A visitor plays Garbage Catch.

A visitor plays Garbage Catch.

Another game is Net Escape, where you prevent unsustainable seafood from swimming into a large net.

Net Escape is a game where you prevent unsustainable seafood from swimming into a large net.

Net Escape is a game where you prevent unsustainable seafood from swimming into a large net.

A visitor plays Net Escape

A visitor plays Net Escape

The last game is Sustainable Seafood Market, where users are given two seafood options at a time. They must pick the sustainable over the unsustainable seafood. This was the toughest game for me to design, but it’s my favorite among the three. We initially called this Sushi Tinder (which is way catchier). I dedicate this to the chick I met who said she eats shark’s fin soup in weddings because “it’s already there”. RAGE.

Sustainable Seafood Market is a game where visitors have to pick the sustainable over the unsustainable seafood.

Sustainable Seafood Market is a game where visitors have to pick the sustainable over the unsustainable seafood.

After each game, the user can make a pledge to take care of the ocean. The pledges are all different and specific, such as “I pledge not to eat or buy shark’s fin soup from restaurants.”

You can pledge to take care of the ocean and have your photo taken by raising your arms like a starfish.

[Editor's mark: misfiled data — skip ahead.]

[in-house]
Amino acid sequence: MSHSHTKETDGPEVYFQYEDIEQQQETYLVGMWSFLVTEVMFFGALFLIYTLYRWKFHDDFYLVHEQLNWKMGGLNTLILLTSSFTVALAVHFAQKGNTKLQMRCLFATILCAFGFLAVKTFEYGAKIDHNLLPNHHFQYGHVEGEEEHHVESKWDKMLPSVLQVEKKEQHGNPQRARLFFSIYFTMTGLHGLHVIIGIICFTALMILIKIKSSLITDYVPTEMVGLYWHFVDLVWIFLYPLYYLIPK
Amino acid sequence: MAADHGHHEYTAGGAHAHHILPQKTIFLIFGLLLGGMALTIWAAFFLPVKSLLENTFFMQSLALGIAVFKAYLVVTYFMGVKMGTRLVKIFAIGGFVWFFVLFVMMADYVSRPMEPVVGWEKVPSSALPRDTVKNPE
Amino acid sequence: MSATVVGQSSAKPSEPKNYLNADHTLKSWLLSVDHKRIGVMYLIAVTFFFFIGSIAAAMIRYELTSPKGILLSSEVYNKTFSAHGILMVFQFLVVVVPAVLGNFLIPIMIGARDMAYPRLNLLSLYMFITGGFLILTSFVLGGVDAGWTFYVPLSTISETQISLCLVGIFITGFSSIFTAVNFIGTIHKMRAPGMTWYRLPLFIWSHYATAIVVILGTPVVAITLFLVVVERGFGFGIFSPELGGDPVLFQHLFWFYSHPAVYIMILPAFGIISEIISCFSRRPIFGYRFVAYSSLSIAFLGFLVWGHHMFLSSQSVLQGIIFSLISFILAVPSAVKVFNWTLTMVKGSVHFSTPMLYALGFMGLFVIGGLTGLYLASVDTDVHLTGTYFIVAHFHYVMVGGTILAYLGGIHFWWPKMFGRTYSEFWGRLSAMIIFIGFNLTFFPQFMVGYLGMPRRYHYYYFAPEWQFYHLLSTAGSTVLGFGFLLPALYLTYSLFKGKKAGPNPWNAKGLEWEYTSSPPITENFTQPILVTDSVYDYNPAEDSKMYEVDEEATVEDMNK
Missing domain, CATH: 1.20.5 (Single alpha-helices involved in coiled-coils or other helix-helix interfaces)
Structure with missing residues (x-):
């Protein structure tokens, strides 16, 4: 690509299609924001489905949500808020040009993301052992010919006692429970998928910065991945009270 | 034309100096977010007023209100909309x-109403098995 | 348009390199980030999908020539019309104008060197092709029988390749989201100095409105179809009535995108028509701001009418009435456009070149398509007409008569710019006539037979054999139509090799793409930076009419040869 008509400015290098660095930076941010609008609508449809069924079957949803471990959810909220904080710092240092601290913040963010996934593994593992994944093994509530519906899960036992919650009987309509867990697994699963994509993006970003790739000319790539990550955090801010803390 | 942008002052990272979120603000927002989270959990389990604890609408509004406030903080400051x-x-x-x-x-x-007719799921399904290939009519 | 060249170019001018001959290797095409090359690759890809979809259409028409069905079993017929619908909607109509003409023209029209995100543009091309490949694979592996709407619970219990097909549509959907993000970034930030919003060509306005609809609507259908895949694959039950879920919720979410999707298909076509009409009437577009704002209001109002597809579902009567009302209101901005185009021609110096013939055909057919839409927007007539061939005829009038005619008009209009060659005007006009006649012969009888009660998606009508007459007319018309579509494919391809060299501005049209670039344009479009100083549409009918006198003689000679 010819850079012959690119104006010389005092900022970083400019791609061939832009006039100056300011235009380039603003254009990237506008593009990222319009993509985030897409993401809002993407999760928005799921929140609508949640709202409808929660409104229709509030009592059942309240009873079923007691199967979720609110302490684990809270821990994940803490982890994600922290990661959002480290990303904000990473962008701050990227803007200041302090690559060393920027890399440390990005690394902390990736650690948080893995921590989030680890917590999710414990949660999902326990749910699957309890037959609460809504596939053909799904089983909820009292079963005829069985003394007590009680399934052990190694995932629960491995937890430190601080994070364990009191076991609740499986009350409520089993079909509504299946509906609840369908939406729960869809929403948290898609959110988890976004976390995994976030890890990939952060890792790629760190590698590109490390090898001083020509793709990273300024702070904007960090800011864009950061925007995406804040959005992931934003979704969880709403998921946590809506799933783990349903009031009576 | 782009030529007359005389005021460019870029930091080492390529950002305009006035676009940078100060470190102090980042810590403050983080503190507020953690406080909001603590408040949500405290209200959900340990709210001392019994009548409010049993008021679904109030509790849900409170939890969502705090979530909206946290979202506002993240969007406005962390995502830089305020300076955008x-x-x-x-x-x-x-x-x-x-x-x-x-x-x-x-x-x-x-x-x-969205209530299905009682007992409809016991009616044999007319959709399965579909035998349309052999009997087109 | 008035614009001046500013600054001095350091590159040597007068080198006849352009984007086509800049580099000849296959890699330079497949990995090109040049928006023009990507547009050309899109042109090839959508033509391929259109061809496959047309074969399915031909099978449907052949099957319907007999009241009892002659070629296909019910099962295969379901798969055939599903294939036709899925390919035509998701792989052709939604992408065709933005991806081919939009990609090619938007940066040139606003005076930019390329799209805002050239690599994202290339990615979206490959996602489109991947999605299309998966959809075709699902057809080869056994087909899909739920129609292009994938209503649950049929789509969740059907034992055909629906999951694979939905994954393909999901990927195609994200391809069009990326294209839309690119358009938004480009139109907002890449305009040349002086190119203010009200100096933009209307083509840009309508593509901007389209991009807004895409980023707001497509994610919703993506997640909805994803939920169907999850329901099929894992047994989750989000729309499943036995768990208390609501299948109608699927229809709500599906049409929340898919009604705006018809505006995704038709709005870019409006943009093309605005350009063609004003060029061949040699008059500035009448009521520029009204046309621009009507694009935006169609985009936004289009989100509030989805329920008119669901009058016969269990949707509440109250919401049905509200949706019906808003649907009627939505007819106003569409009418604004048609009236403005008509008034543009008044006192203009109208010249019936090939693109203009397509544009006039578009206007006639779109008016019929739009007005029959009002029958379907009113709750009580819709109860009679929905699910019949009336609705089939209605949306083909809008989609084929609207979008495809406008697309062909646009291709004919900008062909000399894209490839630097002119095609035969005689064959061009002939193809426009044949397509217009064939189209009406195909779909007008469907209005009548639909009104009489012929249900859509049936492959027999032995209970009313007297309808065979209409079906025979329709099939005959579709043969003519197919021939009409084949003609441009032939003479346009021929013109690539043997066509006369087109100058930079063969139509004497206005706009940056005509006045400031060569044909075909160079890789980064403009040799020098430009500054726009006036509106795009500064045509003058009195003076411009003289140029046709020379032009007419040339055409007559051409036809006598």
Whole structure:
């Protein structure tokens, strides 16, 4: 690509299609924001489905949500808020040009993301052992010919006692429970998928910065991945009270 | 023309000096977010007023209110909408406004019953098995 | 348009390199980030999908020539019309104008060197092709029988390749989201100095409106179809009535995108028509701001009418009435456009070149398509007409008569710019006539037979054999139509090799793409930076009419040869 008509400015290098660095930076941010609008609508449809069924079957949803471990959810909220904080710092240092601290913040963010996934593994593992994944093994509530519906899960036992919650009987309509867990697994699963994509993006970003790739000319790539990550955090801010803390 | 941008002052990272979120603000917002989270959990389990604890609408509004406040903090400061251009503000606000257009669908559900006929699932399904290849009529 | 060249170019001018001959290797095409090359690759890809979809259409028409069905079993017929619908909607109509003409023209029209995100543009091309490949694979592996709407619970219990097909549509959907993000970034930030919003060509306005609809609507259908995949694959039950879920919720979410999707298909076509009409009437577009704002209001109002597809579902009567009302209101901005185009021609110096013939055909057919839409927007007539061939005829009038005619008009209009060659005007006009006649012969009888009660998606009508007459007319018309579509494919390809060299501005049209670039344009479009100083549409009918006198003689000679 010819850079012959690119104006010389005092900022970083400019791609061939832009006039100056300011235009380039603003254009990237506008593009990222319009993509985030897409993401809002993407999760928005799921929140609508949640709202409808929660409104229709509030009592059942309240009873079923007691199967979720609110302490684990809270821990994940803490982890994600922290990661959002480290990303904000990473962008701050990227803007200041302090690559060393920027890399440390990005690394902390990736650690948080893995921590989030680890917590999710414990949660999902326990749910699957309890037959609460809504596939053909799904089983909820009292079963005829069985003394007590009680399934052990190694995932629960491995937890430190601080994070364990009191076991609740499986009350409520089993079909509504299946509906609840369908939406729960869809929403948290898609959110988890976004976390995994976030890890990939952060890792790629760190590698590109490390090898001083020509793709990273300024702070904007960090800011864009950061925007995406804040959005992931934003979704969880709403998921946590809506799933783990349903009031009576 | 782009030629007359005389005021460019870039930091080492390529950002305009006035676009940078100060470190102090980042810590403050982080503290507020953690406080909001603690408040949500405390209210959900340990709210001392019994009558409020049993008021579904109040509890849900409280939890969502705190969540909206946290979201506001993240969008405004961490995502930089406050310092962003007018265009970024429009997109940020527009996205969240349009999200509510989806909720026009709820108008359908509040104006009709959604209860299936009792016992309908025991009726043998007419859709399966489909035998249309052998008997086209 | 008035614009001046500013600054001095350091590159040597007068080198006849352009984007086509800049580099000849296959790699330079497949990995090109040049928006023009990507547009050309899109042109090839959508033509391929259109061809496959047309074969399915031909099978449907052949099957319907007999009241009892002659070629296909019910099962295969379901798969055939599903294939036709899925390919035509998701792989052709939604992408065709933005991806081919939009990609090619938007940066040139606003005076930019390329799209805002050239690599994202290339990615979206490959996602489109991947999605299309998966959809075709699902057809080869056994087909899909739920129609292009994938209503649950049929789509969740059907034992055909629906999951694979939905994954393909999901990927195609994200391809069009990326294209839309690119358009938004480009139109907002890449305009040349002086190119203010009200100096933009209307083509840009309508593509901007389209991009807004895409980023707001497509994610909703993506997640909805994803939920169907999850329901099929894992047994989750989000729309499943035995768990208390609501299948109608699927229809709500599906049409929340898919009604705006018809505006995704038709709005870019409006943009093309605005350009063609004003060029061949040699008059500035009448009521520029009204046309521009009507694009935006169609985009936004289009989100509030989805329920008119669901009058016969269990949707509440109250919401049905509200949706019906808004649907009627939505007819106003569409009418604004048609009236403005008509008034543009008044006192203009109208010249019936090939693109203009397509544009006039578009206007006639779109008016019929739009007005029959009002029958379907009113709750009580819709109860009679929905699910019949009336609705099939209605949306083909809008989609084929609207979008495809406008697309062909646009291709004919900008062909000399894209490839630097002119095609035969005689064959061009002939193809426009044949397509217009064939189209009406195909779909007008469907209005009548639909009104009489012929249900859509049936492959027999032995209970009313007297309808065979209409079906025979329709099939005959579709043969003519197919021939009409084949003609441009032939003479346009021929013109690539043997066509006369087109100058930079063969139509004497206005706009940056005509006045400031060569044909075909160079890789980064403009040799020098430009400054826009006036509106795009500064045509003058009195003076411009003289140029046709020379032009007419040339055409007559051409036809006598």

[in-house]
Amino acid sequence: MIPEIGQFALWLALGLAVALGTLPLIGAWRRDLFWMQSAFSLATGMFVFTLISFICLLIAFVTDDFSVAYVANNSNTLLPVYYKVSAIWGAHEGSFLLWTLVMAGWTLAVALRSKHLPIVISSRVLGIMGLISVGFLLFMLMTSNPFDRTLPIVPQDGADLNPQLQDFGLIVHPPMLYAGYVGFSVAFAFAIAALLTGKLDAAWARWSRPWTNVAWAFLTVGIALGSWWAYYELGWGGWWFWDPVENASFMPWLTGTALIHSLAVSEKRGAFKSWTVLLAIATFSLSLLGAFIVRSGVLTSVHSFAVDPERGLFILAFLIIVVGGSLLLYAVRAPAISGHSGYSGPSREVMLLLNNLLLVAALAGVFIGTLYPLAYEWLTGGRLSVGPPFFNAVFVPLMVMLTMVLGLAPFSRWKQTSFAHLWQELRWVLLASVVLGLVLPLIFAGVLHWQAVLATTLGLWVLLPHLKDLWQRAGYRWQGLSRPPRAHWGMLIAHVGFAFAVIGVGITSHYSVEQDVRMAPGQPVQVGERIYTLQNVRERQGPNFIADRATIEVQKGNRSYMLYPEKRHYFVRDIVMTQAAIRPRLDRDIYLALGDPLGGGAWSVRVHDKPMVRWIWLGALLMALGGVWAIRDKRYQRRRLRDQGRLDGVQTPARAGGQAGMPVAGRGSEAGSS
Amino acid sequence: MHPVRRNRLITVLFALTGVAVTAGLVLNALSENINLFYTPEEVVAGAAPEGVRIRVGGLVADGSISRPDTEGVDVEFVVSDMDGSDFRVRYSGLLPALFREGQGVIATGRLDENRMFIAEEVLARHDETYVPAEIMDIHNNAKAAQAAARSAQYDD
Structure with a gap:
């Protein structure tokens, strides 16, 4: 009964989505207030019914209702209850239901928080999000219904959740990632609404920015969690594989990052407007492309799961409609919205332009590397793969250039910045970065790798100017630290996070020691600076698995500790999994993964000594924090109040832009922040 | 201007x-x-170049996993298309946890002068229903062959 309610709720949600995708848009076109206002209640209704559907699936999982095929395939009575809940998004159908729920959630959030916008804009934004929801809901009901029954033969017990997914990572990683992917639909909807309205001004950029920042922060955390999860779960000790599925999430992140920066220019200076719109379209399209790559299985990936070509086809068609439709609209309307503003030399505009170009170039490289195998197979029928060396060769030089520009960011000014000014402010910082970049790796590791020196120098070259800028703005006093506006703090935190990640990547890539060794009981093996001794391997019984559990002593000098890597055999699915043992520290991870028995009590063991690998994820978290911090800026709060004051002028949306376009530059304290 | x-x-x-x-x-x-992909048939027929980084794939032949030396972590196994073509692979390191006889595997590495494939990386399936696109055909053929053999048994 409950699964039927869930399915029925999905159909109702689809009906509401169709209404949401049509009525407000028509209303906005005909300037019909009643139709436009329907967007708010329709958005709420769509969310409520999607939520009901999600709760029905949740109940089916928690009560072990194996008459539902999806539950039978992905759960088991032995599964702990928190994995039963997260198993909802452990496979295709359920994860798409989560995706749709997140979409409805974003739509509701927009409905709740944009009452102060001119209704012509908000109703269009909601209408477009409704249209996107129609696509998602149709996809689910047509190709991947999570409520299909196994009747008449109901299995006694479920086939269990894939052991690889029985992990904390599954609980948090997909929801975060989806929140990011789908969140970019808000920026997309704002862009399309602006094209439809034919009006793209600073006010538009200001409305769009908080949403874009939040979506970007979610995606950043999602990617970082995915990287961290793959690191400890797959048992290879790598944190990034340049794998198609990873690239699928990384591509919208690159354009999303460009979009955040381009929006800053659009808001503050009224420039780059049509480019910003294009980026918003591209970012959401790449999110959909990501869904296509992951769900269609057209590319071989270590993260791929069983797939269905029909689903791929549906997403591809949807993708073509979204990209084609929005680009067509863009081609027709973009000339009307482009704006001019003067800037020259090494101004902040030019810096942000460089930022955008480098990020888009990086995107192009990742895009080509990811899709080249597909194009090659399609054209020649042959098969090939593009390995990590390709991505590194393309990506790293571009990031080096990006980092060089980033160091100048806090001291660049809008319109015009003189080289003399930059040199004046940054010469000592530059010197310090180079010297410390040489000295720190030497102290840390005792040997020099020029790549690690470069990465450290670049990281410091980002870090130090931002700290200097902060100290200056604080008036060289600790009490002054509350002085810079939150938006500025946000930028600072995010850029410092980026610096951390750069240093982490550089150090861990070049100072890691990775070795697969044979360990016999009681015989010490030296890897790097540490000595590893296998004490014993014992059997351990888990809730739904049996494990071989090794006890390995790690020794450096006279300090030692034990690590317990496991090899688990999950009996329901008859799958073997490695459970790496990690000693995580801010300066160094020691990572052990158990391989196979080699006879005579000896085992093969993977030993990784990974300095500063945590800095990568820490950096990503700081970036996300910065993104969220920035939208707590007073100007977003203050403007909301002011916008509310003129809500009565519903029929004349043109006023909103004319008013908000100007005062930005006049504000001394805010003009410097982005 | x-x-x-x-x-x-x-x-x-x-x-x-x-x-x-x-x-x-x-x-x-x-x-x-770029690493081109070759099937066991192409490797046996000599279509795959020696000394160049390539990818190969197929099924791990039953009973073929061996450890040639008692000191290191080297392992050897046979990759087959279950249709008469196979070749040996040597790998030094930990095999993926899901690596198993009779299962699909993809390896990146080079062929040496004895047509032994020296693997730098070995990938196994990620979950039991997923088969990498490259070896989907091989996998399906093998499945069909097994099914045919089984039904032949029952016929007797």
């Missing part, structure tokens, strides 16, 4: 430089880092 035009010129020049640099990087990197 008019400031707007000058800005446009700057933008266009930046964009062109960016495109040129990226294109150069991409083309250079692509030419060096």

You can pledge to take care of the ocean and have your photo taken by raising your arms like a starfish.

Your Role in Sea Life highlights your impact on the ocean. Cris Mora made these amazing shadow sculptures out of garbage, showing an impaled turtle (one of the many species that suffer because of what mankind is doing to the oceans), cities which contribute to ocean problems, and the earth in the palm of a hand.

Shadow sculptures made of garbage made by Cris Mora

Shadow sculptures made of garbage made by Cris Mora

AGoS is made of primarily sustainable materials, such as the bamboo framework that houses the exhibition.

A Glass of the Sea features a sustainable bamboo frame.

A Glass of the Sea features a sustainable bamboo frame.

It also features an education space entitled “Ocean in Motion” where visitors can make their own sea creatures, learn about marine protected areas, etc.

Here is our education space where visitors can make their own sea creatures, learn about marine protected areas, etc.